Protecting Customer Data (Part 1)


(Photo: ©iStockphoto/Talaj)

Phillip M. Perry |

Don’t get penalized for credit card security breaches

NEW YORK — Credit cards: What would today’s retailer do without them? If you’re like most merchants, you’ve found that the ubiquitous plastic card has become the default transaction tool for purchases large and small.

There’s hidden danger, though, in being too cavalier about just how your staff handles card transactions. The recent data breach at Target—affecting some 70 million to 110 million people—drives home the need for every retailer to be vigilant in protecting customer data.

You can be hit with costly fines and penalties if you ignore increasingly tight regulations governing the protection of credit card data—especially if your violation leads to an actual release of customer information into criminal hands.

“Merchants who store, process or transmit credit card data need to understand they have a responsibility to protect that data,” says Mark Burnette, a partner with LBMC Security & Risk Services, a Nashville-based consulting firm.


So who makes the rules when it comes to protecting customer data? The big boss here is the Payment Card Industry (PCI) Security Standards Council, Wakefield, Mass. This assemblage of credit card associations has been steadily tightening the reins on runaway data by releasing regulations in the form of official standards. The latest iteration, dubbed PCI Data Security Standard (PCI DSS), further strengthens the procedures that must be instituted by merchants by the end of 2014.

Fail to follow the PCI compliance rules and you may well be targeted for damages by your “acquirer”—the bank which provided you with your merchant account. Read your contract closely and you’ll find that the bank has the power of the purse: “If the acquirer finds that you have been consistently noncompliant, fines can be assessed,” says Burnette. “And an actual breach of data can lead to even higher penalties.”

The extent of monetary damages depends on the size of the merchant, the size of the breach and the number of cards involved. Penalties have ranged from $10,000 into the six figures and more.

Not to be underestimated, either, is the costly hit a publicized breach can have on a merchant’s reputation. Many consumers will be reluctant to shop at an establishment where a breach has occurred.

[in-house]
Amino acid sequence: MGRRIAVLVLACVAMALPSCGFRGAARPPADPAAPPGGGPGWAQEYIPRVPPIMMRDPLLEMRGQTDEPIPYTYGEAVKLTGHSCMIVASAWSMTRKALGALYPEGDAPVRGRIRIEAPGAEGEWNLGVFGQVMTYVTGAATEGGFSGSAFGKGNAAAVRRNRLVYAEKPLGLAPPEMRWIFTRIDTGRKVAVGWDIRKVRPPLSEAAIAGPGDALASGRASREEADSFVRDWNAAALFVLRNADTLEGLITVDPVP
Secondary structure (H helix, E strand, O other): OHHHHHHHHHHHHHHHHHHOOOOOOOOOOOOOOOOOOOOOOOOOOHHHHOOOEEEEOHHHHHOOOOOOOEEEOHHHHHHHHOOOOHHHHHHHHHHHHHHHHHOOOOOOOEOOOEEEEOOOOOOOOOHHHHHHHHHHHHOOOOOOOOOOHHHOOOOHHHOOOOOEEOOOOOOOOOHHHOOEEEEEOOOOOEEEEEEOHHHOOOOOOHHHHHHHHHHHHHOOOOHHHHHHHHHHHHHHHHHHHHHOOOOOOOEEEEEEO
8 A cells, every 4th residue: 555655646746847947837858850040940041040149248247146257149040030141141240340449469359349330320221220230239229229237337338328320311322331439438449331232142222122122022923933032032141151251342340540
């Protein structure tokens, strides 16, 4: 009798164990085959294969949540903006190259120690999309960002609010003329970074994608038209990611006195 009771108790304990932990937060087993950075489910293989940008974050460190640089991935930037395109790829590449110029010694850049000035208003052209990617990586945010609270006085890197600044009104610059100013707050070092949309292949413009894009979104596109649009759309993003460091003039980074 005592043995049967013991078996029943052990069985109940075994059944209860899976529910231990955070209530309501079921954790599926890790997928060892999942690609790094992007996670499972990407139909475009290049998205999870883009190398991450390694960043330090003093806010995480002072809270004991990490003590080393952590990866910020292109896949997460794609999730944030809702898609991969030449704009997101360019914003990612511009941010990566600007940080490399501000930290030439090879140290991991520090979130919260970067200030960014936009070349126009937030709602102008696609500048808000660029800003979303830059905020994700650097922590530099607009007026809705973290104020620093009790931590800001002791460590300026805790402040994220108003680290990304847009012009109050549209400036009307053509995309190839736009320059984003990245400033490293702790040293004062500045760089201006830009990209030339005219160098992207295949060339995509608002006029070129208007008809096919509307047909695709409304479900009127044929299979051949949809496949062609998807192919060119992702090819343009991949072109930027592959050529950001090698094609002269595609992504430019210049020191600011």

But perhaps the greatest motivation for towing the line is the threat of losing the merchant account itself. “The card association may take away your ability to accept credit cards at all,” says Burnette. “That can be extremely costly to any merchant.”


While failure to follow mandated data-protection guidelines is foolish, the good news in all this is that you can take positive steps to minimize risk.

Start by drawing up a statement of standard operating procedures (SOP) for everyone in your organization. “Make sure you have a clear written policy about how to handle credit cards,” says Burnette. “And make sure your employees have been educated on the policy. Bring up the topic regularly in your staff meetings.”

Your SOP must address the critical need of keeping sensitive customer numbers under wraps. “Where the merchant is most vulnerable is in the accidental mishandling of card information,” says Burnette. “Suppose, for example, an employee takes an order over the phone, jots down the card number on a piece of paper, and then later drops the paper into the trash instead of a shredder. That violates the PCI and is bad business practice.”

Another good rule is to keep the credit card in the hands of the customer as long as possible. “Employees should quickly process the card and return it,” says Burnette. “This will keep the card from being accidentally grabbed (or from having its number written down) by someone else.”

The right hardware can be as important as the right procedures. Have you been using the same POS equipment for many years? It may be time to replace it. “Some retailers still have legacy equipment that they don’t even realize is capturing cardholder information that can be compromised,” says Paul Rianda, an attorney in Irvine, Calif. “In contrast, if merchants use newer equipment, and use it correctly, there should be no way to lose cardholder information.”

Computer systems face special challenges: “You need to establish rules about passwords and about access to the computer system,” says Burnette. “Each employee should have a unique security code which they are forbidden to share with other employees or even with managers. The passwords should allow access only to those sections of the database required to do an individual’s job.”

You should use only hardware and software that has been approved by the PCI Security Standards Council (approved vendor lists are available at Make sure you are using a firewall, and that your wireless router is password-protected and uses encryption. And change the default hardware passwords to complex ones.

Check back Thursday for the conclusion!

About the author

Phillip M. Perry

Freelance Writer

Award-winning journalist Phillip M. Perry, who resides in New York City, is published widely in the fields of business management, workplace psychology and employment law, and his work is syndicated in scores of magazines nationwide.


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